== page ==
Design Your Life

America’s First Black Hostel Owner Talks About Going From Self-Care To Self-Made

By Mitti Hicks

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Putting herself first and allowing time for self-care led Deirdre Mathis to exactly where she is supposed to be in life.

 

Taking the time for self-care and travel after college provided Mathis with the idea to open WanderStay Hotels, the first black-owned hostel in Houston. One thing she said she learned on her journey from wanderlust, to author, and now entrepreneur, is that it’s okay to part ways with your original plans.

 

The FAMU graduate had plans of working in broadcast journalism. “I wanted to be the next Oprah Winfrey,” she says jokingly over the phone. Her aspirations weren’t farfetched. After spending the summer after graduation in Costa Rica, she landed her first job at the CBS television affiliate in Baltimore—the same place Oprah’s television career started.

 

wanderstay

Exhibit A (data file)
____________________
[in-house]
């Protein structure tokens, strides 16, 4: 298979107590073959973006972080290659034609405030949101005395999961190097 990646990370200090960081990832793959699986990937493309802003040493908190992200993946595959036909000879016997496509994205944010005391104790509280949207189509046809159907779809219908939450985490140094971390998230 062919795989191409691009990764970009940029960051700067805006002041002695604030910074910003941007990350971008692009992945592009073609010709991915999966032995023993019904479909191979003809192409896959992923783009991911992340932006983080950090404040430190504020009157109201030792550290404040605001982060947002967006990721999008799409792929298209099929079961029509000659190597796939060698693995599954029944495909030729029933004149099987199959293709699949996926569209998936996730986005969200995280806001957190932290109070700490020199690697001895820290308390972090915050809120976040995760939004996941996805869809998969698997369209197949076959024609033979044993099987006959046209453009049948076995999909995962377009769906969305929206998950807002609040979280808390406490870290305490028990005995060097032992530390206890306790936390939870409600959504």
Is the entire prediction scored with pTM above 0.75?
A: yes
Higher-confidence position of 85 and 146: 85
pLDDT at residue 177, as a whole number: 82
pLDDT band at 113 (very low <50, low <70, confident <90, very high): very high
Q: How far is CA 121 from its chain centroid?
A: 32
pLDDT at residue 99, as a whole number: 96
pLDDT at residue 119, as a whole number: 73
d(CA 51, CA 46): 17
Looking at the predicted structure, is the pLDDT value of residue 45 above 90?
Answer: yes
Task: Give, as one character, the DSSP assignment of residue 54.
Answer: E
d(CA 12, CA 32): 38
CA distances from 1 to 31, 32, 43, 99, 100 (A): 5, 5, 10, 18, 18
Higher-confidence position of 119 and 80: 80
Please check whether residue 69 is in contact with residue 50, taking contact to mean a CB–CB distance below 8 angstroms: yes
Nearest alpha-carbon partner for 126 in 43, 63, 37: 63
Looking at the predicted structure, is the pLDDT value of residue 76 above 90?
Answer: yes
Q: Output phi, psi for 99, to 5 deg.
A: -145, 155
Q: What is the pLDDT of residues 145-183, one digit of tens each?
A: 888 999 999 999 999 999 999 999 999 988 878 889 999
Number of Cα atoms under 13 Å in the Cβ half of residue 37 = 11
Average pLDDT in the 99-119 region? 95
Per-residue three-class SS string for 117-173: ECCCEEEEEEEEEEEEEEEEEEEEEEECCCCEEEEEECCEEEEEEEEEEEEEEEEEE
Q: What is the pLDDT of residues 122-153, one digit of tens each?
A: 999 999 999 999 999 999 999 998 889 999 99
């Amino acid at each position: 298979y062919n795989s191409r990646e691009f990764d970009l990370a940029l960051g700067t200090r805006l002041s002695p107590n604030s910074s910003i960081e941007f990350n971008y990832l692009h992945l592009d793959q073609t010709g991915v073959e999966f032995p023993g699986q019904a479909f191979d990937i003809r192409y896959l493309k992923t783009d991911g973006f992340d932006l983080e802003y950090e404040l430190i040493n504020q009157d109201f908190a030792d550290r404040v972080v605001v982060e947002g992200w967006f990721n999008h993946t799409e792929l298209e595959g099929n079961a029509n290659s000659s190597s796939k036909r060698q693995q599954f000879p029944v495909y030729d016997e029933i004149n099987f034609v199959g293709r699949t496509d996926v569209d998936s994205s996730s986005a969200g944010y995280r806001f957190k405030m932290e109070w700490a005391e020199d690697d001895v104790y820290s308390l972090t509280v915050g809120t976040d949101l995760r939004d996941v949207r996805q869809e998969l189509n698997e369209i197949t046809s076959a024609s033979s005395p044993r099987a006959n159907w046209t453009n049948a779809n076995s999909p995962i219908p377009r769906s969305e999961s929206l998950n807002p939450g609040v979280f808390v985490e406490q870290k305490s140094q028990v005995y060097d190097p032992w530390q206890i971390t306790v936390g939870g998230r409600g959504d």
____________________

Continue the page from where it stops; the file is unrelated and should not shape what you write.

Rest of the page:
Photo courtesy of Wanderstay

 

“I worked there for seven or eight months and realized news was not something I wanted to do anymore,” Mathis tells Travel Noire. “I just fell out of love with it and needed to figure something out.”

 

She quit her job at the television station and moved to South Korea to teach English for nine months. There, she drafted a new plan. “Because I loved to travel I decided to go into International Relations,” Mathis says.

 

After receiving an acceptance letter from Bowie State University, Mathis got a call from one of the school’s deans to study abroad in India for four months before obtaining her graduate degree. Mathis said she still wasn’t satisfied after getting her master’s degree. She saved all her money and moved to Australia for a gap year.


 

RELATED: Hostel Hacks: A Beginner’s Guide To Saving On Accommodations

 

“My gap year started in Sydney, Australia and I kind of traveled that part of the world for about a year and that’s when I absolutely fell in love with hostels.” Meeting people from all over the world while spending less on a place to stay inspired Mathis to bring that communal lifestyle to the United States.

 

“I wanted to create a place that I would want to stay,” Mathis says. “A centralized location was important to me as well. I wanted a space that if a guest had a car, then great but if not, even better.”

 

wanderstay hostel

Photo courtesy of Wanderstay

 

With two private rooms and six shared rooms, WanderStay Hotels is in walking distance to parks, bars, restaurants, and downtown Houston. “Next, my goal is to open five more the next seven years,” she says. “My last hostel, I hope, is international but I’m not exactly sure where yet.”

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